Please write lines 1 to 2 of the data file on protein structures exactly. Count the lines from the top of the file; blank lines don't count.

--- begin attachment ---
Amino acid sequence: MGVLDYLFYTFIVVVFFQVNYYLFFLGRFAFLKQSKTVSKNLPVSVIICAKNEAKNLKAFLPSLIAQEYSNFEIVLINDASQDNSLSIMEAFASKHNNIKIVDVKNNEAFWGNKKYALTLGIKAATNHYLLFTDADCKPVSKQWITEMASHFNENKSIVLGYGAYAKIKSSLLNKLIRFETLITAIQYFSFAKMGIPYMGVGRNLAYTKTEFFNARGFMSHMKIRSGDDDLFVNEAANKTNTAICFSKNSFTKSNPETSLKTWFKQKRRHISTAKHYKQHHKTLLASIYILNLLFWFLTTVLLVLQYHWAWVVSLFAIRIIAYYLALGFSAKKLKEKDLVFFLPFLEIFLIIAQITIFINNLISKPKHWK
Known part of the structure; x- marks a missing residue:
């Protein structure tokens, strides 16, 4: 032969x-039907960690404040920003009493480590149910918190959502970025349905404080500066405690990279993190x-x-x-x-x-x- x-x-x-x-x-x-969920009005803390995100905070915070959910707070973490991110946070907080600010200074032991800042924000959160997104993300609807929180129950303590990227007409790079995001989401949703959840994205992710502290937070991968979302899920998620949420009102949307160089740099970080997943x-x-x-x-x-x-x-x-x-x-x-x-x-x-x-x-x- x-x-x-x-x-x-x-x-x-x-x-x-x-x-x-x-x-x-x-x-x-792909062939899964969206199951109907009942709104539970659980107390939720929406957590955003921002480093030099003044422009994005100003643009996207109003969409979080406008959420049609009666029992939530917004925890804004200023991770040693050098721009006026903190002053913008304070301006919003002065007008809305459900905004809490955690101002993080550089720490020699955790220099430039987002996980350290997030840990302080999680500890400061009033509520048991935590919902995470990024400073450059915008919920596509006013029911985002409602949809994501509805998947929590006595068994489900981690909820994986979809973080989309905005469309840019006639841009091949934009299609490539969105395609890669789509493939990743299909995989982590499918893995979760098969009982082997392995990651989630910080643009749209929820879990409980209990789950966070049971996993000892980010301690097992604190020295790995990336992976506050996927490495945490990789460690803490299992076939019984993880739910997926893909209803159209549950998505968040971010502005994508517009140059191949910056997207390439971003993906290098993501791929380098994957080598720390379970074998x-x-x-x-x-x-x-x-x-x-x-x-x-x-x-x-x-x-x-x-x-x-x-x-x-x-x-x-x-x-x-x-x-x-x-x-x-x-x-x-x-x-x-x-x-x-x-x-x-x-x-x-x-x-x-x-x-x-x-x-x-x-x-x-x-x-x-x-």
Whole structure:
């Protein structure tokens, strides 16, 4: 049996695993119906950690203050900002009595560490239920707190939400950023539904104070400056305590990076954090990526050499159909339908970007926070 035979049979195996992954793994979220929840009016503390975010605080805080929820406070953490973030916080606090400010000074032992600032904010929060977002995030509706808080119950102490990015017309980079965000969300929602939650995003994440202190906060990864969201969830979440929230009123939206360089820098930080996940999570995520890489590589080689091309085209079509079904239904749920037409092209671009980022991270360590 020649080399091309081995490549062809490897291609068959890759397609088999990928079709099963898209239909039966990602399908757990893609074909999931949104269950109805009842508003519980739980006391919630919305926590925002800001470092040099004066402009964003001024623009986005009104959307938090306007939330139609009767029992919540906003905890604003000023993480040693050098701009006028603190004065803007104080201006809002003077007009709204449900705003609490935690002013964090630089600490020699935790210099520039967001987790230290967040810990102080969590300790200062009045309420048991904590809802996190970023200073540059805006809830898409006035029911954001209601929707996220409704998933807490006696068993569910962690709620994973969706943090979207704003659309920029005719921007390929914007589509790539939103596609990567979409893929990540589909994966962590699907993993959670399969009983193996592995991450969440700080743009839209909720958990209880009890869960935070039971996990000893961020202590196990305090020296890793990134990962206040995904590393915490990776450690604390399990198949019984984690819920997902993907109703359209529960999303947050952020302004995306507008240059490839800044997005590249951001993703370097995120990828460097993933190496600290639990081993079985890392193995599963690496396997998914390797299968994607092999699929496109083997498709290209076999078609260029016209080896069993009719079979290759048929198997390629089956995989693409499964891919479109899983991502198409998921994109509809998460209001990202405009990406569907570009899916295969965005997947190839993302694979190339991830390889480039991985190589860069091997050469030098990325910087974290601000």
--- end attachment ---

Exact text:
Amino acid sequence: MGVLDYLFYTFIVVVFFQVNYYLFFLGRFAFLKQSKTVSKNLPVSVIICAKNEAKNLKAFLPSLIAQEYSNFEIVLINDASQDNSLSIMEAFASKHNNIKIVDVKNNEAFWGNKKYALTLGIKAATNHYLLFTDADCKPVSKQWITEMASHFNENKSIVLGYGAYAKIKSSLLNKLIRFETLITAIQYFSFAKMGIPYMGVGRNLAYTKTEFFNARGFMSHMKIRSGDDDLFVNEAANKTNTAICFSKNSFTKSNPETSLKTWFKQKRRHISTAKHYKQHHKTLLASIYILNLLFWFLTTVLLVLQYHWAWVVSLFAIRIIAYYLALGFSAKKLKEKDLVFFLPFLEIFLIIAQITIFINNLISKPKHWK
Known part of the structure; x- marks a missing residue: